In a gross violation of service rules, a huge number of civil servants are owning and running businesses on the side, according to a letter by the Anti-Corruption Commission. This is a most unethical thing to do, as it gives rise to clear conflicts of interest. Public servants are getting paid through taxpayer's money and enjoy substantial benefits due to their positions—the fact that they are still breaking the rules of their service in this most egregious manner is unacceptable and unpardonable.
According to the Government Servants (Conduct) Rules, 1979, "no government servant shall, except with the previous sanction of government, engage in any trade or undertake any employment or work, other than his official duties." The reason for this is simple: if public officials, who in many ways get to define the rules of business, or at least have substantial influence over them, get involved in business themselves, then they may easily distort the market in their own favour. When public officials are so blatantly violating the rules of their service, are we to expect that they will not break the rules when it comes to business or distort the market?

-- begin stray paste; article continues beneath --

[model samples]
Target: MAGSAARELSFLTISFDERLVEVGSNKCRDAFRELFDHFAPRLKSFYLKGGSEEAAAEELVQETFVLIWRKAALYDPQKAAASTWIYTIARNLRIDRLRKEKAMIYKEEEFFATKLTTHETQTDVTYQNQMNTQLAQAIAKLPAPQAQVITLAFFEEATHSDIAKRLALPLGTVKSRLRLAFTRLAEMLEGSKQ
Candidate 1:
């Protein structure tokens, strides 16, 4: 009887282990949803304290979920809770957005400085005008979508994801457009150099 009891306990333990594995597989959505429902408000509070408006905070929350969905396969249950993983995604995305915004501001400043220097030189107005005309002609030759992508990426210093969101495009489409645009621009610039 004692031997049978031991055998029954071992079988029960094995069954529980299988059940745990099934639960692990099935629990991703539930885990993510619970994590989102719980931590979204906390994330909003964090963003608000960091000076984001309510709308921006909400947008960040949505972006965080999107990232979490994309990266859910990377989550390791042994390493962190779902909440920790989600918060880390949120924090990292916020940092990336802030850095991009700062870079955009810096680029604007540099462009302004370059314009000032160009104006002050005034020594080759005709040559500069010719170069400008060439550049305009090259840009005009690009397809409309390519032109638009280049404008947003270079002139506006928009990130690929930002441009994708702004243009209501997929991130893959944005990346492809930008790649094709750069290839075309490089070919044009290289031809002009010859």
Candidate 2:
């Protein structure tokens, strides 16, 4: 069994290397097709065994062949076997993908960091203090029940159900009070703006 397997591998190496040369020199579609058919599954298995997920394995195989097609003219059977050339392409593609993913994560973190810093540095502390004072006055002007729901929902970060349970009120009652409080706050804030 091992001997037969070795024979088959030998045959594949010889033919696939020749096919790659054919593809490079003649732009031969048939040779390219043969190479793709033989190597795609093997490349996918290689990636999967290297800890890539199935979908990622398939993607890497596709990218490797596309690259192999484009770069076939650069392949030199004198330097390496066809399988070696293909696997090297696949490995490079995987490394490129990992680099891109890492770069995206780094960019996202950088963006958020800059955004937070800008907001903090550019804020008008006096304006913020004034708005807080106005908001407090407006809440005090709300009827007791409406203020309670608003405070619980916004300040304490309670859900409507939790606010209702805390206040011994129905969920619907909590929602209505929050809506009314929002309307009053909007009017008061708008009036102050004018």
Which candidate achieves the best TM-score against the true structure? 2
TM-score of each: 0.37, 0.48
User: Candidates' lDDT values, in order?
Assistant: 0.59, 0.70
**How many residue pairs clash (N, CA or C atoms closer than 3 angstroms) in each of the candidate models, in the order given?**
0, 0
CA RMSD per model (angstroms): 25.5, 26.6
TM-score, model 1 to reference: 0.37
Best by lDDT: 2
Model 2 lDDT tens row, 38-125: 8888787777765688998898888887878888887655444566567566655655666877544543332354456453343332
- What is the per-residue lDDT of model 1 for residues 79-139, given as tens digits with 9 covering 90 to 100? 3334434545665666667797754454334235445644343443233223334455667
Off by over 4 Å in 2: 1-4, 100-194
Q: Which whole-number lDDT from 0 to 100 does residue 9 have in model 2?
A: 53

Despite discovering that a huge number of government employees are involved in business while enquiring into allegations of people accumulating wealth beyond their known sources of incomes, the ACC only asked the cabinet secretary to make all public servants aware of the rules, but did not ask him for further probes or to take punitive actions against the rule violators. The Cabinet Division, in response, only asked secretaries to make sure that the public servants were aware of the rules. We find both of their actions to be inadequate and objectionable.
Why do we have rules for public servants if they are not to be followed? And why should public servants get a pass when they violate rules, when everyone else don't? Just making public servants "aware" of the rules is not enough—being aware of the rules of their service should be a prerequisite as it is. Action must be taken against the law-breakers to ensure accountability. In regards to that, the ACC should make public which officials are involved in owning or running businesses and how much money they are making in the process, to inform the public what those who are meant to serve them are really up to.